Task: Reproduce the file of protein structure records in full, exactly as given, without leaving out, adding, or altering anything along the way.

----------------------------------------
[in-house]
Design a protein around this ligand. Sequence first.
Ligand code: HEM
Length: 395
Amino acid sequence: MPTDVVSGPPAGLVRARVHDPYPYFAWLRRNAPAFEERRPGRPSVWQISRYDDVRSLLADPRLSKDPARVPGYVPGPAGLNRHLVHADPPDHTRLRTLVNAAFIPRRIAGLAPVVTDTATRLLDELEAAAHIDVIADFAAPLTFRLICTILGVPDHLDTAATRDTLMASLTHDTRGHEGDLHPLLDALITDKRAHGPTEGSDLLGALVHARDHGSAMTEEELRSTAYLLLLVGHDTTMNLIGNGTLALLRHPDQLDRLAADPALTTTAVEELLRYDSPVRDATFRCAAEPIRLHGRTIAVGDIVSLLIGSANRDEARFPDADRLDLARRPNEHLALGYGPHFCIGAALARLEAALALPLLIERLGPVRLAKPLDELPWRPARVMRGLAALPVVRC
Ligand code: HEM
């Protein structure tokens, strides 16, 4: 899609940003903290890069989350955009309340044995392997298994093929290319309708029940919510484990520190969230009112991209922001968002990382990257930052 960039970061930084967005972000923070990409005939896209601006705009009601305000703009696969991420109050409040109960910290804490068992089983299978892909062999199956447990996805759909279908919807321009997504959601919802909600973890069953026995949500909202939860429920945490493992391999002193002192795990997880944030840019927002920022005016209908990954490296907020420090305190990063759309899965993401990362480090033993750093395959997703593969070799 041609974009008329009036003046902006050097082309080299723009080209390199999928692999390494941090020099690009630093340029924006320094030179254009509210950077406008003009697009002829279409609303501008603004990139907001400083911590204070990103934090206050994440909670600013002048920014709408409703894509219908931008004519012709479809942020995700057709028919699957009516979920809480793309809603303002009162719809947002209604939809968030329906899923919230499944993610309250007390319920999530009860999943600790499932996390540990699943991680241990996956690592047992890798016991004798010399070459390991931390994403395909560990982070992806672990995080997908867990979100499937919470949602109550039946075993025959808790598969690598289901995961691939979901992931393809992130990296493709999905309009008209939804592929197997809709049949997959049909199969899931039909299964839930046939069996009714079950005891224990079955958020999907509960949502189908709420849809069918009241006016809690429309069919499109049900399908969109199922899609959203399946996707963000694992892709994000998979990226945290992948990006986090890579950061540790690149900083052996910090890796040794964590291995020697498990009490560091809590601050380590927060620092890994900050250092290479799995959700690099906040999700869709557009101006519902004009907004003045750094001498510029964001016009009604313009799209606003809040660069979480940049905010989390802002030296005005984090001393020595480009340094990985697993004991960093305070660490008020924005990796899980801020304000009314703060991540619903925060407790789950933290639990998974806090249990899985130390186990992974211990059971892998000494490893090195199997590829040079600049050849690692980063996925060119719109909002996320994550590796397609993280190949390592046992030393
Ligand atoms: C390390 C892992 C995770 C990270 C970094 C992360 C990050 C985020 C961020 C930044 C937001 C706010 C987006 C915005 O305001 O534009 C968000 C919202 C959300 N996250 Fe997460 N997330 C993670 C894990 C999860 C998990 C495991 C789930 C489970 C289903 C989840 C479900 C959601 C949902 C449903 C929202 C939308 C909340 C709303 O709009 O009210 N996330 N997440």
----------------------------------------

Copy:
[in-house]
Design a protein around this ligand. Sequence first.
Ligand code: HEM
Length: 395
Amino acid sequence: MPTDVVSGPPAGLVRARVHDPYPYFAWLRRNAPAFEERRPGRPSVWQISRYDDVRSLLADPRLSKDPARVPGYVPGPAGLNRHLVHADPPDHTRLRTLVNAAFIPRRIAGLAPVVTDTATRLLDELEAAAHIDVIADFAAPLTFRLICTILGVPDHLDTAATRDTLMASLTHDTRGHEGDLHPLLDALITDKRAHGPTEGSDLLGALVHARDHGSAMTEEELRSTAYLLLLVGHDTTMNLIGNGTLALLRHPDQLDRLAADPALTTTAVEELLRYDSPVRDATFRCAAEPIRLHGRTIAVGDIVSLLIGSANRDEARFPDADRLDLARRPNEHLALGYGPHFCIGAALARLEAALALPLLIERLGPVRLAKPLDELPWRPARVMRGLAALPVVRC
Ligand code: HEM
């Protein structure tokens, strides 16, 4: 899609940003903290890069989350955009309340044995392997298994093929290319309708029940919510484990520190969230009112991209922001968002990382990257930052 960039970061930084967005972000923070990409005939896209601006705009009601305000703009696969991420109050409040109960910290804490068992089983299978892909062999199956447990996805759909279908919807321009997504959601919802909600973890069953026995949500909202939860429920945490493992391999002193002192795990997880944030840019927002920022005016209908990954490296907020420090305190990063759309899965993401990362480090033993750093395959997703593969070799 041609974009008329009036003046902006050097082309080299723009080209390199999928692999390494941090020099690009630093340029924006320094030179254009509210950077406008003009697009002829279409609303501008603004990139907001400083911590204070990103934090206050994440909670600013002048920014709408409703894509219908931008004519012709479809942020995700057709028919699957009516979920809480793309809603303002009162719809947002209604939809968030329906899923919230499944993610309250007390319920999530009860999943600790499932996390540990699943991680241990996956690592047992890798016991004798010399070459390991931390994403395909560990982070992806672990995080997908867990979100499937919470949602109550039946075993025959808790598969690598289901995961691939979901992931393809992130990296493709999905309009008209939804592929197997809709049949997959049909199969899931039909299964839930046939069996009714079950005891224990079955958020999907509960949502189908709420849809069918009241006016809690429309069919499109049900399908969109199922899609959203399946996707963000694992892709994000998979990226945290992948990006986090890579950061540790690149900083052996910090890796040794964590291995020697498990009490560091809590601050380590927060620092890994900050250092290479799995959700690099906040999700869709557009101006519902004009907004003045750094001498510029964001016009009604313009799209606003809040660069979480940049905010989390802002030296005005984090001393020595480009340094990985697993004991960093305070660490008020924005990796899980801020304000009314703060991540619903925060407790789950933290639990998974806090249990899985130390186990992974211990059971892998000494490893090195199997590829040079600049050849690692980063996925060119719109909002996320994550590796397609993280190949390592046992030393
Ligand atoms: C390390 C892992 C995770 C990270 C970094 C992360 C990050 C985020 C961020 C930044 C937001 C706010 C987006 C915005 O305001 O534009 C968000 C919202 C959300 N996250 Fe997460 N997330 C993670 C894990 C999860 C998990 C495991 C789930 C489970 C289903 C989840 C479900 C959601 C949902 C449903 C929202 C939308 C909340 C709303 O709009 O009210 N996330 N997440």